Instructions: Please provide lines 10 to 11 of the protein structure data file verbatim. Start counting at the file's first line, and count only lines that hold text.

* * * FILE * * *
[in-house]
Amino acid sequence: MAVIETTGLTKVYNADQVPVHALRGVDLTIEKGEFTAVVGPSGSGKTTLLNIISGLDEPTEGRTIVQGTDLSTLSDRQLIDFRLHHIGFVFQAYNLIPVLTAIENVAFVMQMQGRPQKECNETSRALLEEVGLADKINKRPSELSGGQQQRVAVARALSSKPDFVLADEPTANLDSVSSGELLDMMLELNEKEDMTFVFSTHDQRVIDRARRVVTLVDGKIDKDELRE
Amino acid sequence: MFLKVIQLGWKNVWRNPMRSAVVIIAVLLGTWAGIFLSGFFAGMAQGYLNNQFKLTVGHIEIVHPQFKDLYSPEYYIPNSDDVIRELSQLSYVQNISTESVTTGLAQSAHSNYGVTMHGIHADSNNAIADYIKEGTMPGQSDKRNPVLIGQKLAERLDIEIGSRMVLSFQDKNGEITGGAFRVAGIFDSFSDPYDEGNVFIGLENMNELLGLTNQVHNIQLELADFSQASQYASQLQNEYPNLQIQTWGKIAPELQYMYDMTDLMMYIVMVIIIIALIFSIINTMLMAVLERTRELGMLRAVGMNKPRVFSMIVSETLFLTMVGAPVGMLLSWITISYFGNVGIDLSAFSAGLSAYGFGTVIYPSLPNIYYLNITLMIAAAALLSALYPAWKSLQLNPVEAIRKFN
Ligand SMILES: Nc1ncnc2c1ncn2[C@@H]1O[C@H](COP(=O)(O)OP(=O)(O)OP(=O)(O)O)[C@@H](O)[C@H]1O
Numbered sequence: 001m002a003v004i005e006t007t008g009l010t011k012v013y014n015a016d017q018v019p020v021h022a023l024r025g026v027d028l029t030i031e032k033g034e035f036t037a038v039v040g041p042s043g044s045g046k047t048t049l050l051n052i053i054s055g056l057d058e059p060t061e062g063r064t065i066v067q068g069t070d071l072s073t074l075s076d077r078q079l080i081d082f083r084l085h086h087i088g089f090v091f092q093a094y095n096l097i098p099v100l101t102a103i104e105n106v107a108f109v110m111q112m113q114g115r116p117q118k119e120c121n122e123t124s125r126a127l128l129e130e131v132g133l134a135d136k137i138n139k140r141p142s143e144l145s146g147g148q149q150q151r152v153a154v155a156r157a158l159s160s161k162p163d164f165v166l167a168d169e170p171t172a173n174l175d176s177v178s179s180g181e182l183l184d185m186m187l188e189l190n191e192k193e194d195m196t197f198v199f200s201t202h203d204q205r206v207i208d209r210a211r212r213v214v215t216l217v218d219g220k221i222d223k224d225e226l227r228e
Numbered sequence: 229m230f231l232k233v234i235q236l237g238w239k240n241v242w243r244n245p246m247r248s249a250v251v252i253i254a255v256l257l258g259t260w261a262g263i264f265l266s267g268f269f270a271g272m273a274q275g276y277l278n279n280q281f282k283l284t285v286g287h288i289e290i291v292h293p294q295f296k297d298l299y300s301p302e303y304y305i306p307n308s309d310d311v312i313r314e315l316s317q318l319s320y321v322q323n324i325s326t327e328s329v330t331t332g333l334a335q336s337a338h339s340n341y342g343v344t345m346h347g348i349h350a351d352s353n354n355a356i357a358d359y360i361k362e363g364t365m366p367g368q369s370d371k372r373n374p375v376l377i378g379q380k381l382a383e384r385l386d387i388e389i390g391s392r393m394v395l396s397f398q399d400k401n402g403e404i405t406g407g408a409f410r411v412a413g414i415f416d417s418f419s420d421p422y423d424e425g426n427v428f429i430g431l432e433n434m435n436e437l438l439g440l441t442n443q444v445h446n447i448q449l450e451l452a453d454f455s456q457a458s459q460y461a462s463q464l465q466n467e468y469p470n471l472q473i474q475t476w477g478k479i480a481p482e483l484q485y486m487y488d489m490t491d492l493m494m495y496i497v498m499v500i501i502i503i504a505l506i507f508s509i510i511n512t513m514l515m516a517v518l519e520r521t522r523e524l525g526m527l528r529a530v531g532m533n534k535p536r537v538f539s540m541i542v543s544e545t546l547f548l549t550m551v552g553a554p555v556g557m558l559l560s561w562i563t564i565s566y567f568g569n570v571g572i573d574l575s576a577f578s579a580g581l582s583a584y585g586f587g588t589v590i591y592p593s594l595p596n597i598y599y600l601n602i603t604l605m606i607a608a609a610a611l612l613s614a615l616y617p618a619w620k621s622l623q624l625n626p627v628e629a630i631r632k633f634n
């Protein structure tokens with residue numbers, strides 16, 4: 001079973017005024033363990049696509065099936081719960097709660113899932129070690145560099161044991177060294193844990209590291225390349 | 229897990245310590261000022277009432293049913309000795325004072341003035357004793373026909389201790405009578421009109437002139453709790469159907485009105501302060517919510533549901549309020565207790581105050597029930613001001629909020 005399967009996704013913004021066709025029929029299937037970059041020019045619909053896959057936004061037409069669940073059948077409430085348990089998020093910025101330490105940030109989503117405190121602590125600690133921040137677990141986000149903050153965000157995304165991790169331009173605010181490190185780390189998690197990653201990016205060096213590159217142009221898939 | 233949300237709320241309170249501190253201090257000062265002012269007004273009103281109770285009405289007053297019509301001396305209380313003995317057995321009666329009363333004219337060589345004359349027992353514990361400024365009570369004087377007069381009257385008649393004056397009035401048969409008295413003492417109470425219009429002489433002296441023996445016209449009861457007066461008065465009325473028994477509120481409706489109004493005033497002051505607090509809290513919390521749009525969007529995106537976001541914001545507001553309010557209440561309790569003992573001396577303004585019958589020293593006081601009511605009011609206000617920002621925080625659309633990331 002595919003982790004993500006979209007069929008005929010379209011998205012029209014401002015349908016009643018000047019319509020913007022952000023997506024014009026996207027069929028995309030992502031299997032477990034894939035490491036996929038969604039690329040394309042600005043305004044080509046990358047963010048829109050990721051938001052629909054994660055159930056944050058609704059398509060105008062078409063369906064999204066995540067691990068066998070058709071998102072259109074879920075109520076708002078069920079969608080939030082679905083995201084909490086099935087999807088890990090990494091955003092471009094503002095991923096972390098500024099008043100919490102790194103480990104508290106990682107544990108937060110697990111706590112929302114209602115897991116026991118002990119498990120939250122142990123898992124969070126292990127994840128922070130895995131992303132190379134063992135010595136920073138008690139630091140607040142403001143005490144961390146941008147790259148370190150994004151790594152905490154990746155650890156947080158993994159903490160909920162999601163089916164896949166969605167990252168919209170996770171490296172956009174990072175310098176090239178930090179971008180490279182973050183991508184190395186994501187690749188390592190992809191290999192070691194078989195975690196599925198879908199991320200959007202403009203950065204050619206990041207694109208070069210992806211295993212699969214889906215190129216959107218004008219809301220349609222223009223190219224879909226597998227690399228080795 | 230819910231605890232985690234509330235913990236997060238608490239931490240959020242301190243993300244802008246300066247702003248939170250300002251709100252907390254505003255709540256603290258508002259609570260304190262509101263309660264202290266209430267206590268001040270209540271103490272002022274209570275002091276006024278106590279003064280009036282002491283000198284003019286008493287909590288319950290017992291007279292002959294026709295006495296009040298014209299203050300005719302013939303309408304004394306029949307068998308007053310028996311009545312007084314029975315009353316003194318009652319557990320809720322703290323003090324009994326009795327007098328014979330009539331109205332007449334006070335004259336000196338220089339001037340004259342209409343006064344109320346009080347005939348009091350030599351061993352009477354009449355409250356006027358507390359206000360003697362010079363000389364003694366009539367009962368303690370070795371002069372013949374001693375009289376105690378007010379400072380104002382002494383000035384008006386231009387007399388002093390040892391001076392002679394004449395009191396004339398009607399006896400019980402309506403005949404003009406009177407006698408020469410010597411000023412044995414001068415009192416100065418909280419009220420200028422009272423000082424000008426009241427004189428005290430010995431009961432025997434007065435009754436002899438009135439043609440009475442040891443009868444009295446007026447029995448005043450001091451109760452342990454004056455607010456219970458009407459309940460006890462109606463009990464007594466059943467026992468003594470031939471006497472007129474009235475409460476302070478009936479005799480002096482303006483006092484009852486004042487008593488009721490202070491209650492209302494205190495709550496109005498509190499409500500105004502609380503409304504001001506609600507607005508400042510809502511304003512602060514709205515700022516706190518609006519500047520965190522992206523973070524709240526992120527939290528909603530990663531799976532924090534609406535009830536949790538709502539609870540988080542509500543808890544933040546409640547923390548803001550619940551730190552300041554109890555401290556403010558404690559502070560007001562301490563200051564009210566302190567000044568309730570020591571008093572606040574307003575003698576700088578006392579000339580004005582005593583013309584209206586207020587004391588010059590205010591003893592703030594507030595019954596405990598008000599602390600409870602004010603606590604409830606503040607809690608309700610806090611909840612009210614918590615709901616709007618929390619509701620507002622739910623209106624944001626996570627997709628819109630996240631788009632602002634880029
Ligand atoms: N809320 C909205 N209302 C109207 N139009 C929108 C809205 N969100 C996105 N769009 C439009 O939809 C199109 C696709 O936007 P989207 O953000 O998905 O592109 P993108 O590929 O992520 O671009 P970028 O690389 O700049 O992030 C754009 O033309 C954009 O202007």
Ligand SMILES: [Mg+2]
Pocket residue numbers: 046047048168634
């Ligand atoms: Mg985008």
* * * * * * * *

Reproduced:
Pocket residue numbers: 046047048168634
């Ligand atoms: Mg985008």